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This book addresses the question of whether and how current computational approaches to communication can or might be able to accommodate the range ofcomplexities that characterize both human-human and human-machine communication.
The chapters in the book are based on papers presented at a
NATO Advanced Research Workshop held in Italy in late 1990
where an international group of computer scientists and cognitive scientists met to discuss theoretical and applied issues concerning communication. The initial chapters are more theoretical in nature with an emphasis on formal approaches to communication. The middle chapters focus on particular application issues, such as the generation of multimedia documents and the role of planning in building systems to support human-human or human-machine interaction.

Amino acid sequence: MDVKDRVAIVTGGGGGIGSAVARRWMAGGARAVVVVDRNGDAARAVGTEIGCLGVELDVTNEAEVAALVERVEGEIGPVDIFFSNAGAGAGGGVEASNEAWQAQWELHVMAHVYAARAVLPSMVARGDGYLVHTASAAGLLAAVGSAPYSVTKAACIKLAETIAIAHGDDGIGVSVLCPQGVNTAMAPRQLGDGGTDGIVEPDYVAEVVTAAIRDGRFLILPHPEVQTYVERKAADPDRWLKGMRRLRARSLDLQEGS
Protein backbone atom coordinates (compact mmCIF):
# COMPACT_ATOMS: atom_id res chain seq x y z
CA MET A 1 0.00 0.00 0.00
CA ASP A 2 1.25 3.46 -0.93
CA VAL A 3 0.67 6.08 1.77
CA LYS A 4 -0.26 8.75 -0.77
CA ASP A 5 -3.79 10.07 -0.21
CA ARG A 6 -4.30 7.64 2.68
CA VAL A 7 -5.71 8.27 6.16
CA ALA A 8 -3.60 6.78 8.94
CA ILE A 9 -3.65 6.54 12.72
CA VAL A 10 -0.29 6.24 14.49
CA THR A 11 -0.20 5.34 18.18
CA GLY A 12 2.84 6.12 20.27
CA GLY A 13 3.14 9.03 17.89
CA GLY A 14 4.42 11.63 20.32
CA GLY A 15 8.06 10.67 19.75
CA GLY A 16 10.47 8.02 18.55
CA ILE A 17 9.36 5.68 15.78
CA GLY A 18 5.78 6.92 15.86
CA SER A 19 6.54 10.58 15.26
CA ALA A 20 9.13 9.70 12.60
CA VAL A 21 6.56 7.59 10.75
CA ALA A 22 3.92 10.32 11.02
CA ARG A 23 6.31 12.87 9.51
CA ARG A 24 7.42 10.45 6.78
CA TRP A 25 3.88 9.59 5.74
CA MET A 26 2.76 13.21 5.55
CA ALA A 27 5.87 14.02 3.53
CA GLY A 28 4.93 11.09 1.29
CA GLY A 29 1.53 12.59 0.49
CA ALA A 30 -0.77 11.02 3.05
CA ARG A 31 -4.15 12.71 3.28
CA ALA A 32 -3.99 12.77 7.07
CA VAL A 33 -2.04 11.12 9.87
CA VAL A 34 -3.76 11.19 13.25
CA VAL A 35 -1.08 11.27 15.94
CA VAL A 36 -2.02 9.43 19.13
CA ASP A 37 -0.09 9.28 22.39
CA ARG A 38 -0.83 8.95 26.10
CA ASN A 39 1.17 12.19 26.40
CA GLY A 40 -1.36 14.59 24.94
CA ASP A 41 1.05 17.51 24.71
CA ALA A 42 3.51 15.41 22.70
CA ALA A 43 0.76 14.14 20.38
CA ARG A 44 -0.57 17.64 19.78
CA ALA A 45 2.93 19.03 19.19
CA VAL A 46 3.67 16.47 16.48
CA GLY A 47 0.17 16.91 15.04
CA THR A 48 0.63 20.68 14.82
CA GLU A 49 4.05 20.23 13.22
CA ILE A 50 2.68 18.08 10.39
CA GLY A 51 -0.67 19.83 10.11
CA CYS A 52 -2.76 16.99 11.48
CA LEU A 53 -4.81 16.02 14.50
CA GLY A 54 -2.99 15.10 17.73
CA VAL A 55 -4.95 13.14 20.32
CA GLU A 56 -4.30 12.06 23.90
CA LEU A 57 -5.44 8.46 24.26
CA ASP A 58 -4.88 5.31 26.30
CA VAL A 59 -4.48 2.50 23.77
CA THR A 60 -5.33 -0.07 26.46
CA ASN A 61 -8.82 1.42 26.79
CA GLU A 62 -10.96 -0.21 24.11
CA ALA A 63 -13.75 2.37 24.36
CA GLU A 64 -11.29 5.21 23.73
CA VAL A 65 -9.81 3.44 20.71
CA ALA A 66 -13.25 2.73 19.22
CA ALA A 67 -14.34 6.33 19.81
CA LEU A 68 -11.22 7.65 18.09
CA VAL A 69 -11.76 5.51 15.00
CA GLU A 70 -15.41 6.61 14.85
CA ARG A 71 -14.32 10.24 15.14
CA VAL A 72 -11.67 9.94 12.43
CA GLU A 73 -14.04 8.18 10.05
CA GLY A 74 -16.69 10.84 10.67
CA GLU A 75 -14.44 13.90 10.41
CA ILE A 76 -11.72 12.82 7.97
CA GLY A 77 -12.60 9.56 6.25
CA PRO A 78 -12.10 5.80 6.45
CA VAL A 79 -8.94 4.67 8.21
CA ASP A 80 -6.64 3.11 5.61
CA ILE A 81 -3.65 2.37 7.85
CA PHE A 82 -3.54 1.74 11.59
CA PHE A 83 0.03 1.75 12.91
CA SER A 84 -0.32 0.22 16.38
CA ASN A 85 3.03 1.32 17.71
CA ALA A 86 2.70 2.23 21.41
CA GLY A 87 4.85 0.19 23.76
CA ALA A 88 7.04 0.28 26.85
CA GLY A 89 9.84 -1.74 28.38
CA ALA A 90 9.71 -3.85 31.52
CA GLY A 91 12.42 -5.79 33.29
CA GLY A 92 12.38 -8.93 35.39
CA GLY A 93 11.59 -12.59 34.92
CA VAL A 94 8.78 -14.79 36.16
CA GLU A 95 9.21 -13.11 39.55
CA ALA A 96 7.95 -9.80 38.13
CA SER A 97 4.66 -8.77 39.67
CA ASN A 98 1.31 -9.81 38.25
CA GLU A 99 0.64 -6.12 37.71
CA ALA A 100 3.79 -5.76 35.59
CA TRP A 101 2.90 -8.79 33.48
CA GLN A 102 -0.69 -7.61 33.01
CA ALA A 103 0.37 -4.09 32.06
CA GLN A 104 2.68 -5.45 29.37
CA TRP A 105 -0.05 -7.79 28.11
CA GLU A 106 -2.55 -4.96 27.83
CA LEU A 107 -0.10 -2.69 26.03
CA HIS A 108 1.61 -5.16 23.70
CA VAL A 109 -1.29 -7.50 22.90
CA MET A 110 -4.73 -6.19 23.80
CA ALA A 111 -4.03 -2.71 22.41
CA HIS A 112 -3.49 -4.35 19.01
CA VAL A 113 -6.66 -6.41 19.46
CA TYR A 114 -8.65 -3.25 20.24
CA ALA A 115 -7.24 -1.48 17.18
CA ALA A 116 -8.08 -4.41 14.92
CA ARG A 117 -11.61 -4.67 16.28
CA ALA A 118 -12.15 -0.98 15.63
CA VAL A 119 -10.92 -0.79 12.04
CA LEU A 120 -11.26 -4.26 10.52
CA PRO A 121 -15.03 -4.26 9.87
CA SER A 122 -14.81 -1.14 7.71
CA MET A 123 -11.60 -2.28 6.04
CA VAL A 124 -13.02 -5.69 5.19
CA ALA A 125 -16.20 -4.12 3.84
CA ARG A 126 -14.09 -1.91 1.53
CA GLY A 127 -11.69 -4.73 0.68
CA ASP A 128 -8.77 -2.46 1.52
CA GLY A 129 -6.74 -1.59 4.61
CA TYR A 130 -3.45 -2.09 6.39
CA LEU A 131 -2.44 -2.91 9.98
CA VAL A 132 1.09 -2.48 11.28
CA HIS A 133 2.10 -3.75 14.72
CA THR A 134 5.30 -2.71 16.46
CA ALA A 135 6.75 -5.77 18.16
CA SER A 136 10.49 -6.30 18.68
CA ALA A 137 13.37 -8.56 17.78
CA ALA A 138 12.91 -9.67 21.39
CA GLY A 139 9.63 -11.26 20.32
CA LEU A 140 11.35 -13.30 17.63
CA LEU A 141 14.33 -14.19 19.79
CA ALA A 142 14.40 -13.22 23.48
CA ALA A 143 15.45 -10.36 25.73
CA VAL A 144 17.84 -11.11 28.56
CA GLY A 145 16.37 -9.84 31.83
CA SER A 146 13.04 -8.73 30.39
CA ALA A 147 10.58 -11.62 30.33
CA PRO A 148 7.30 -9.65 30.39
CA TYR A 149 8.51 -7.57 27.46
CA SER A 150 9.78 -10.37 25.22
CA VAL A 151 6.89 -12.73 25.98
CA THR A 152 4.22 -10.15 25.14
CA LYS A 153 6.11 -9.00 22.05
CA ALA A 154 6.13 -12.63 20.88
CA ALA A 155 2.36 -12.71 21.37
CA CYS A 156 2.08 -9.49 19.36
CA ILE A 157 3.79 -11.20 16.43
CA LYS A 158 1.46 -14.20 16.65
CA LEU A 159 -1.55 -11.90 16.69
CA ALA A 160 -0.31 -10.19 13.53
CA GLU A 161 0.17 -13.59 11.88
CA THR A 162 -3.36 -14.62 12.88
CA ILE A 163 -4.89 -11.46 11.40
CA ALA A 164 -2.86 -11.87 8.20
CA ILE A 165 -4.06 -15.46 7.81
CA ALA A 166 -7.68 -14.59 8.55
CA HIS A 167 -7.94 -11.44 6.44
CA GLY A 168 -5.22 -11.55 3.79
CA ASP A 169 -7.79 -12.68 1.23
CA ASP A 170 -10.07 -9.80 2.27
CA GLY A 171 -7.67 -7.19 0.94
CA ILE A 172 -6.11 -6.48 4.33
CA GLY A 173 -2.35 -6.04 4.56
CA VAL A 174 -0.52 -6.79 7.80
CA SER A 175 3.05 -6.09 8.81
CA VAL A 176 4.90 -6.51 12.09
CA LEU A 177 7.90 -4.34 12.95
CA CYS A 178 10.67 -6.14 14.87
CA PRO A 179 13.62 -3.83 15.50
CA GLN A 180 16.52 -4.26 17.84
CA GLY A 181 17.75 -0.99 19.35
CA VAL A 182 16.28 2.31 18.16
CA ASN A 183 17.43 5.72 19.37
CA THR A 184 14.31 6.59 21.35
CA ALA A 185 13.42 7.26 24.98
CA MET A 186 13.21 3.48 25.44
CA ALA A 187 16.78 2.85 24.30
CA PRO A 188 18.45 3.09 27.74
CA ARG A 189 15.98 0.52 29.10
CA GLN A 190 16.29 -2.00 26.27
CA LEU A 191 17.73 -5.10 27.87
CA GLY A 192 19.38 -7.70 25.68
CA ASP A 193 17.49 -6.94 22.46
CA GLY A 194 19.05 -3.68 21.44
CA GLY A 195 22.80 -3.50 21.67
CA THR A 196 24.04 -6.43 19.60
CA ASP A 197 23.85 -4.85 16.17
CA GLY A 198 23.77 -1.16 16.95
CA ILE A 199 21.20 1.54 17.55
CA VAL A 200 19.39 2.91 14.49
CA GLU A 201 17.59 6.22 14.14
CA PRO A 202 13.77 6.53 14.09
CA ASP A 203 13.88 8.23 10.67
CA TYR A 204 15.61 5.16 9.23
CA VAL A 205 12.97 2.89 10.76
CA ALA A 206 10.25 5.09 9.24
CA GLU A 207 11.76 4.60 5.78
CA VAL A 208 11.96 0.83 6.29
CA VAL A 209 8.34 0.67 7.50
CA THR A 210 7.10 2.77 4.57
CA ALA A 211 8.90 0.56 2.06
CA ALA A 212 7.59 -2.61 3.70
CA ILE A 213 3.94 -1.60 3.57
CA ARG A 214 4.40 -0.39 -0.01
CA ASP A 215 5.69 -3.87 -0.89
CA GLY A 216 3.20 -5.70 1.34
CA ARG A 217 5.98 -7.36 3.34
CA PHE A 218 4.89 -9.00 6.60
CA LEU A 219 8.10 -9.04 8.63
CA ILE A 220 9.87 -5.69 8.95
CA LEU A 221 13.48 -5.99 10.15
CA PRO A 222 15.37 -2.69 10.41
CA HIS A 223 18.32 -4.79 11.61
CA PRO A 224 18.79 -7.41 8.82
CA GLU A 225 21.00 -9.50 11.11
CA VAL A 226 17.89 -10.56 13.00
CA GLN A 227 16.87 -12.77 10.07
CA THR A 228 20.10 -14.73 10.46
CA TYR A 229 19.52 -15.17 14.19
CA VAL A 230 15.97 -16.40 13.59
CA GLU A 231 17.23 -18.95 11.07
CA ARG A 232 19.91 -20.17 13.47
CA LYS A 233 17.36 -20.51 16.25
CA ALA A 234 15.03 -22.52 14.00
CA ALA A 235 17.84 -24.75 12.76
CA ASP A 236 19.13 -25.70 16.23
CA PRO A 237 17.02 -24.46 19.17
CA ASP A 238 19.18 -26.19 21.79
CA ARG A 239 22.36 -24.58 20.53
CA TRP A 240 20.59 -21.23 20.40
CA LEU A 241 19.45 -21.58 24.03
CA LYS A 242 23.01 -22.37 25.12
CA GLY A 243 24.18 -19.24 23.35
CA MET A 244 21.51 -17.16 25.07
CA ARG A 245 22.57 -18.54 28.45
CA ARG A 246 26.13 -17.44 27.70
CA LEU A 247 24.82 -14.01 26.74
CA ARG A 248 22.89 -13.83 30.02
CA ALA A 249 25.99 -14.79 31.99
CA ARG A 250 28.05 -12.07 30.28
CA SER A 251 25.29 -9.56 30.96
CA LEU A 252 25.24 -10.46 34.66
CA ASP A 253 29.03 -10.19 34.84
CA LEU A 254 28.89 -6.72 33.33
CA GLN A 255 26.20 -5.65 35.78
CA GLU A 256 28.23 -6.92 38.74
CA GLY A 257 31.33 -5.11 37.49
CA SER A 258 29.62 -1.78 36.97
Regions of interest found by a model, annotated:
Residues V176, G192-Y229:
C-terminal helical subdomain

The final few chapters consider more general issues relating to communication, such as the influence of social structure on, and the role of affect in communication.
|Cognitive Science, Artificial Intelligence and Communication||1|
|Integrating Pragmatics into Update Semantics||17|
|Metaphor and Abduction||35|
|Communication and Attitude Revision||59|
|Why Text Planning (Still) Isn't Planning||73|
|Language and Discourse in the TRAINS Project||91|
|WIP: The Coordinated Generation of Multimodal Presentations from a Common Representation||121|
|Planning, Reacting, and Communicating||145|
|Agent Modelling for Intelligent Tutoring Settings||169|
|Using Content-based AI to Structure Human-Computer Interaction||191|
|No More Cooperation, Please! In Search of the Social Structure of Verbal Interaction||205|
|Prolegomena to a Theory of Communication and Affect||229|